Farmers Are Essential Workers, Too


         When asked, most people think of essential workers as the “frontline heroes”. The doctors, the nurses and the first responders. Delivery drivers may fall into that category from time to time. But the range of people who are taking care of us during this pandemic is much broader than that. “The reality is that essential workers in the midst of the coronavirus crisis are fast food workers, social workers, cleaners, retail associates, transit workers, home health aides, and even those who provide support for victims of domestic violence” (Vox). They are taking care of us 24/7 while we comfortably shelter at home, looking for new cooking recipes and going for walks.

          Some of these essential workers are lucky enough to work in companies that do prioritize their health and safety. For example, Trader Joe’s has increased their employees’ benefits during this pandemic. The company is providing “two weeks of additional paid sick time, a $2/hour additional wage for every hour worked, limiting the number of people in stores, installing plexiglass barriers, and providing face masks” (Trader Joe’s). But not everyone is that fortunate. 

          Farm workers are among the biggest group of workers that are not given protection gear, health benefits, safety guidelines, and added wage benefits by their employers. Because 50 – 70 percent are undocumented, they are excluded from the coronavirus relief bill even when they are still paying taxes. They are facing huge economic burdens. The majority of farm worker families have both the mother and father working in the field. Thus, if they cannot leave their children with a family member they need to pay for childcare. Farm workers are also facing extra transportation costs according to United Farm Workers. Some companies do not let them carpool, and some workers “desperately want social distance vs. being in an enclosed and crowded car or bus” (UFW). In addition, some agree that even if they feel sick, they continue to go to work because they do not have any sick leave and thus need the money. “Lack of enforceable rules regarding social distancing, protective face masks, access to soap and water, and to environmental cleaning allow conditions to continue in which the virus can spread easily and quickly” (Eater).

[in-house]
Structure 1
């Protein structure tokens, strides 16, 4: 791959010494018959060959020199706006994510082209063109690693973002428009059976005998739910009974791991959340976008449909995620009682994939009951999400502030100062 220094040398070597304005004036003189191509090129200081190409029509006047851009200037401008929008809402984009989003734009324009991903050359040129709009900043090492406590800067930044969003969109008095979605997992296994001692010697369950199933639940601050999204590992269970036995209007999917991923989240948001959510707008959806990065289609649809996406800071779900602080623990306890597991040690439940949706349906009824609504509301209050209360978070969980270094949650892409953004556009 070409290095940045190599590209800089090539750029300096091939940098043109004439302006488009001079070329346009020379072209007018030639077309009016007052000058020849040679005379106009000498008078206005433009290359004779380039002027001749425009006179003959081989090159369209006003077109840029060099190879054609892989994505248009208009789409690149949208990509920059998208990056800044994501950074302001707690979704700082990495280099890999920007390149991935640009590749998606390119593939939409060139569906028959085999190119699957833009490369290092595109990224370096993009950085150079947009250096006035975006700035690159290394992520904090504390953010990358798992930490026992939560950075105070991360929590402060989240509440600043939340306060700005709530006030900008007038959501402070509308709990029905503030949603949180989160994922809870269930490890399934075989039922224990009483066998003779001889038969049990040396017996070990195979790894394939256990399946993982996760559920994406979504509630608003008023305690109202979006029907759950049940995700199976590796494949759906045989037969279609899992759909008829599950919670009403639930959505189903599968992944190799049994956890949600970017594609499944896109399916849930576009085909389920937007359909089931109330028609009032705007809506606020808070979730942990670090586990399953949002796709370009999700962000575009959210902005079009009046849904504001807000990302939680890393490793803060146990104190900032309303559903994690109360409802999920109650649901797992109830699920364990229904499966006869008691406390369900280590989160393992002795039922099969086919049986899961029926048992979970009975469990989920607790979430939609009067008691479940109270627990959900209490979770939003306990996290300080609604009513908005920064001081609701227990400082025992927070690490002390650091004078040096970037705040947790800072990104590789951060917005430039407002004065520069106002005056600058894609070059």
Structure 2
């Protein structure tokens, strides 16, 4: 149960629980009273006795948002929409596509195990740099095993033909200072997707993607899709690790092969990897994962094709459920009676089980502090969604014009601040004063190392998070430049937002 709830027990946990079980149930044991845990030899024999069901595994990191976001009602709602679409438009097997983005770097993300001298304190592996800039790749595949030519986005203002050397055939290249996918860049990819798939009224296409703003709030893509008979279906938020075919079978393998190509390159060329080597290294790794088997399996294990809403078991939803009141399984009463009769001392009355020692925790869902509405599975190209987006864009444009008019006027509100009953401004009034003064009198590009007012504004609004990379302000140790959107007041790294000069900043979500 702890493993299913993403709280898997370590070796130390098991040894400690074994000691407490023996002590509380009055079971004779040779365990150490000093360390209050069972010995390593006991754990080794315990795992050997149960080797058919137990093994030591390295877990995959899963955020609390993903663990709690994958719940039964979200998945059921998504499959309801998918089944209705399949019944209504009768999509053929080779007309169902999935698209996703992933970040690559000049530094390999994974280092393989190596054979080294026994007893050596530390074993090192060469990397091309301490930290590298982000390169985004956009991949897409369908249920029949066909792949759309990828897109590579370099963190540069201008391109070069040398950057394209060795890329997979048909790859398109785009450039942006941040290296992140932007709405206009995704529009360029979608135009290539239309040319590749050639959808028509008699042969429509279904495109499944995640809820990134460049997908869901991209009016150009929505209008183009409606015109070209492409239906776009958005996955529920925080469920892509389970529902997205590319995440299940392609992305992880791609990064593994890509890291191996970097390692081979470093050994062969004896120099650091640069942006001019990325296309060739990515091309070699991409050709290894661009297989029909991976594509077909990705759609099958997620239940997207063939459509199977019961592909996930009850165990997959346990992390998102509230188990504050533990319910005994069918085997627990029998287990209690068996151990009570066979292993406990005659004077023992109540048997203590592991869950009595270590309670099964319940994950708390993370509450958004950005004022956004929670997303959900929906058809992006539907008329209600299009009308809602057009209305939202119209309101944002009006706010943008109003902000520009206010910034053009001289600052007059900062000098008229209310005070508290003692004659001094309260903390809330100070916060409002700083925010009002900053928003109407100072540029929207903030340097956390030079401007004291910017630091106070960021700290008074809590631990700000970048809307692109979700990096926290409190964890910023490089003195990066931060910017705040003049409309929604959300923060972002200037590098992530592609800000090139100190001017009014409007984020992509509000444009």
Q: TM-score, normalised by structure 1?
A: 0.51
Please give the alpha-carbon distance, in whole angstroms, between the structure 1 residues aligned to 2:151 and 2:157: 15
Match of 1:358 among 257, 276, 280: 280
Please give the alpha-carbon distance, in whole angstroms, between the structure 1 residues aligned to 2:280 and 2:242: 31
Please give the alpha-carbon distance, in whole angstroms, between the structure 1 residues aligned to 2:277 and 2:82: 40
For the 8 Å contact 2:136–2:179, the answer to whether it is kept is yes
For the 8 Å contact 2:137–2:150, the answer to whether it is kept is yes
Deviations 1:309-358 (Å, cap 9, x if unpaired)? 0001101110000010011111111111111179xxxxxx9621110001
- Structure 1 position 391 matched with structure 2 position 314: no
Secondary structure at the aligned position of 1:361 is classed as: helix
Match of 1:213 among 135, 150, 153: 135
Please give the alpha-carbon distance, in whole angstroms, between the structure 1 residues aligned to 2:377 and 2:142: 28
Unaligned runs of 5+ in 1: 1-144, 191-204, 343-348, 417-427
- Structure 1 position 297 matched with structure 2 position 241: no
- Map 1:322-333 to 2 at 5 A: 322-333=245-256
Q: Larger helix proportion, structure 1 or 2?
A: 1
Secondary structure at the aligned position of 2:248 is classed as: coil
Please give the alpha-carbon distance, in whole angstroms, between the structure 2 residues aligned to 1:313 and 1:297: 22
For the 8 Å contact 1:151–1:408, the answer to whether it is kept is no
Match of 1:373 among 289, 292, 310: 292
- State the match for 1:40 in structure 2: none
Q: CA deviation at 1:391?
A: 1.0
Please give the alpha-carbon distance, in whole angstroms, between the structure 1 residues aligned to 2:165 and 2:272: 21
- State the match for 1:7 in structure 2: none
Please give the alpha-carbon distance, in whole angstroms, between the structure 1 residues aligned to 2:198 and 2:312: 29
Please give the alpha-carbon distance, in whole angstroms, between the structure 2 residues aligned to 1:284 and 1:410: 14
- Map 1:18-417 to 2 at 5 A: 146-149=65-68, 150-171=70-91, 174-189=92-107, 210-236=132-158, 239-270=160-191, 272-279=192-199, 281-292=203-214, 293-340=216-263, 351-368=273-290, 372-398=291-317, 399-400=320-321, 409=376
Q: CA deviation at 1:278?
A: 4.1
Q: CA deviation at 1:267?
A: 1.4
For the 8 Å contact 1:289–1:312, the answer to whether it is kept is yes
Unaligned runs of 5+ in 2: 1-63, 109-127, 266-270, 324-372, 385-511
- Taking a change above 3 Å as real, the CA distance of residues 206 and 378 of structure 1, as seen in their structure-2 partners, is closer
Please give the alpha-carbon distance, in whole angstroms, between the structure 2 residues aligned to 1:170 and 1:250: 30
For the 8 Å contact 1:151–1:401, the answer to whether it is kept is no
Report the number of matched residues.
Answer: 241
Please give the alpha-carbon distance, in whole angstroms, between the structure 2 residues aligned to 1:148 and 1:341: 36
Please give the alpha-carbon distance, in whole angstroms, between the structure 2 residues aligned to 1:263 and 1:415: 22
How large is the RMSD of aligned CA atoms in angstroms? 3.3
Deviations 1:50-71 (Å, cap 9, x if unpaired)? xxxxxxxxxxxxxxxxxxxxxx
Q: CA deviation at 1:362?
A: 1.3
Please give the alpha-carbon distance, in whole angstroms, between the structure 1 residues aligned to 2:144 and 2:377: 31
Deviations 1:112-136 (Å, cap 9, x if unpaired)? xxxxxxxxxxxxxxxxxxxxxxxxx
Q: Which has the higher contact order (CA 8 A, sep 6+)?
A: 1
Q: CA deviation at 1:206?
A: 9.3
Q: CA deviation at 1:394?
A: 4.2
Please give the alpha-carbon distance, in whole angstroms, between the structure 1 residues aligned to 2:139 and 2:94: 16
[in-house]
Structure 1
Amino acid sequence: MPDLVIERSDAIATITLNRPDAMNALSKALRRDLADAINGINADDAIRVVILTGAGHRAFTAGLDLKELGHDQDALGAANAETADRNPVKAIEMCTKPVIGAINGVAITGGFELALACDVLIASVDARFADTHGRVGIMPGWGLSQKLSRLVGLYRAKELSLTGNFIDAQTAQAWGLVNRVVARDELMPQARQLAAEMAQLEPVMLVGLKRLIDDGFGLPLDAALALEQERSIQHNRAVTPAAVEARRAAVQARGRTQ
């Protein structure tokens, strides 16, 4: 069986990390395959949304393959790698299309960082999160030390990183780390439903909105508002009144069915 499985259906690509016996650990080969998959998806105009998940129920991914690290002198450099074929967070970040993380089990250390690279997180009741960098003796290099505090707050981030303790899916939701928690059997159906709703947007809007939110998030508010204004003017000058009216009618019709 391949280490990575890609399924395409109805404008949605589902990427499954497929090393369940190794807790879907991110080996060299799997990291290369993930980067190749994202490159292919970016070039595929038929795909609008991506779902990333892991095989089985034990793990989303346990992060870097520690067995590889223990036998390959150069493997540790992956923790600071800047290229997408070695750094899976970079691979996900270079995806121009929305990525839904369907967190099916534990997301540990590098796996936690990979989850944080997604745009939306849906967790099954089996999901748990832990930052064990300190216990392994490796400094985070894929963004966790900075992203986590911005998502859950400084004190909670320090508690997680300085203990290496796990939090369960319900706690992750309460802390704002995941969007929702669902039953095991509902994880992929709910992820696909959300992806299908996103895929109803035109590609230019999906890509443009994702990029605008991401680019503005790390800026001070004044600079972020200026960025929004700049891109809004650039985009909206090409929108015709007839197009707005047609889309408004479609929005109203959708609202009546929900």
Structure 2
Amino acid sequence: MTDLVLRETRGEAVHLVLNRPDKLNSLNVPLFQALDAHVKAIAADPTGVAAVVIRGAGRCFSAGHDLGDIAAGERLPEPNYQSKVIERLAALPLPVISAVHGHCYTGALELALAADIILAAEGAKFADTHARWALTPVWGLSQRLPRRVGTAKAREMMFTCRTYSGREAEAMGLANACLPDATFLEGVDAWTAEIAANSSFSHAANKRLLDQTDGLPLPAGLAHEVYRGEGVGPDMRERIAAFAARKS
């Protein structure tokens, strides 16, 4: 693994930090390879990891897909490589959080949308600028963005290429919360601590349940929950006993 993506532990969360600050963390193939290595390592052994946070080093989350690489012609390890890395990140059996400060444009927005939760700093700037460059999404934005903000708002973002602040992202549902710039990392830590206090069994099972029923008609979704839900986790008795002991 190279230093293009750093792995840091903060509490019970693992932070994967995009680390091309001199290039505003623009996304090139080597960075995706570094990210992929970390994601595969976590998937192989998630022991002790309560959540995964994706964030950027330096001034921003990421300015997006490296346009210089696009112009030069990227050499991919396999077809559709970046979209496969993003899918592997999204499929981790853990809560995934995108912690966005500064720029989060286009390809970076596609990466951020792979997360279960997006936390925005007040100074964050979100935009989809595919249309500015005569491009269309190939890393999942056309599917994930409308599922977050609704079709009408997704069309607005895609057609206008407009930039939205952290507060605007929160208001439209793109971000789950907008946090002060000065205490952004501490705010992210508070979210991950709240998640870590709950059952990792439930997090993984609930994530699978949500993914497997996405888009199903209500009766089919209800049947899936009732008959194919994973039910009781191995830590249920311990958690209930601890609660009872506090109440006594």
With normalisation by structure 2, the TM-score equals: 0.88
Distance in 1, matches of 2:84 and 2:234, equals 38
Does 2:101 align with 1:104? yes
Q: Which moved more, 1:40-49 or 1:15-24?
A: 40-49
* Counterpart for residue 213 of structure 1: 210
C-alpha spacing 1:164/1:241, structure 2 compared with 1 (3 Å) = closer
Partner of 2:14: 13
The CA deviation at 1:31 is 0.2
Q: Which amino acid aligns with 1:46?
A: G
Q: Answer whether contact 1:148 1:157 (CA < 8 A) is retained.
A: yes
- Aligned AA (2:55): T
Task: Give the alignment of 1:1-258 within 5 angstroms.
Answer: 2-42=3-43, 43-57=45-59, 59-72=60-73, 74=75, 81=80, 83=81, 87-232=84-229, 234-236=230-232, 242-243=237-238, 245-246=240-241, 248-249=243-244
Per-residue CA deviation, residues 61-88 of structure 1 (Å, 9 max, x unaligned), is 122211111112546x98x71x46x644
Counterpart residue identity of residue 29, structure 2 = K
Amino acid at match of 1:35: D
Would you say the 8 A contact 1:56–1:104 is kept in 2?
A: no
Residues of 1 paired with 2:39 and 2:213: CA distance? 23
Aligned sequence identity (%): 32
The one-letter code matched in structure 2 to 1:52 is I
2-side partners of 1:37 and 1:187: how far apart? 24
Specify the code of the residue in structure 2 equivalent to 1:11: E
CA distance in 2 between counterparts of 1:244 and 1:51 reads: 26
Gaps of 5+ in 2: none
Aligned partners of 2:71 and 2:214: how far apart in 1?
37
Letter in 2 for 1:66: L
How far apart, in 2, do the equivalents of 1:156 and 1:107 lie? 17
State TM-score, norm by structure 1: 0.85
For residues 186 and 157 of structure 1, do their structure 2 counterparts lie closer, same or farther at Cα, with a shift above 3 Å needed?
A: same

It is ridiculous that the people who grow the food put on our tables cannot afford to buy those same food products. They put themselves and their families at risk every day, yet are not properly paid. “The irony: they’re essential, but they do not have essential rights” (CBS News). Even if they are now seen as “essential” by the federal government, they will always be a step away from detention and deportation. The worst part is that these “essential workers” do not feel essential at all – rather disposable and victims of the crisis. “To call them heroes is to justify their exploitation. By praising the blue-collar worker’s public service, the progressive consumer is assuaged of her cognitive dissonance. When the world isn’t falling apart, we know the view of us is usually as faceless, throwaway citizens. The wealthy CEO telling his thousands of employees that they are vital, brave, and noble is a manipulative strategy to keep them churning out profits” (The Atlantic). We know that all of them – cashiers, janitors, farmers, delivery-truck drivers – would trade places with any of us in the blink of an eye. 

          The COVID-19 crisis has exposed multiple faults in our systems – politics, healthcare, food, and society. On the other hand, by exposing these faults it has given us the opportunity to revise the systems and make them better, more efficient and more resilient. We are finally recognizing the hard work the essential workers do everyday. It is why there needs to be an increase in political pressure to offer larger benefits to them. Greater social protection, paid leave and higher minimum wages are needed; not just for farm workers, but for all other essential workers such as meatpackers, grocery-store cashiers, warehouse clerks, janitors, and delivery drivers. They deserve our gratitude for taking care of us. Not only during this pandemic, but every day after it ends.  





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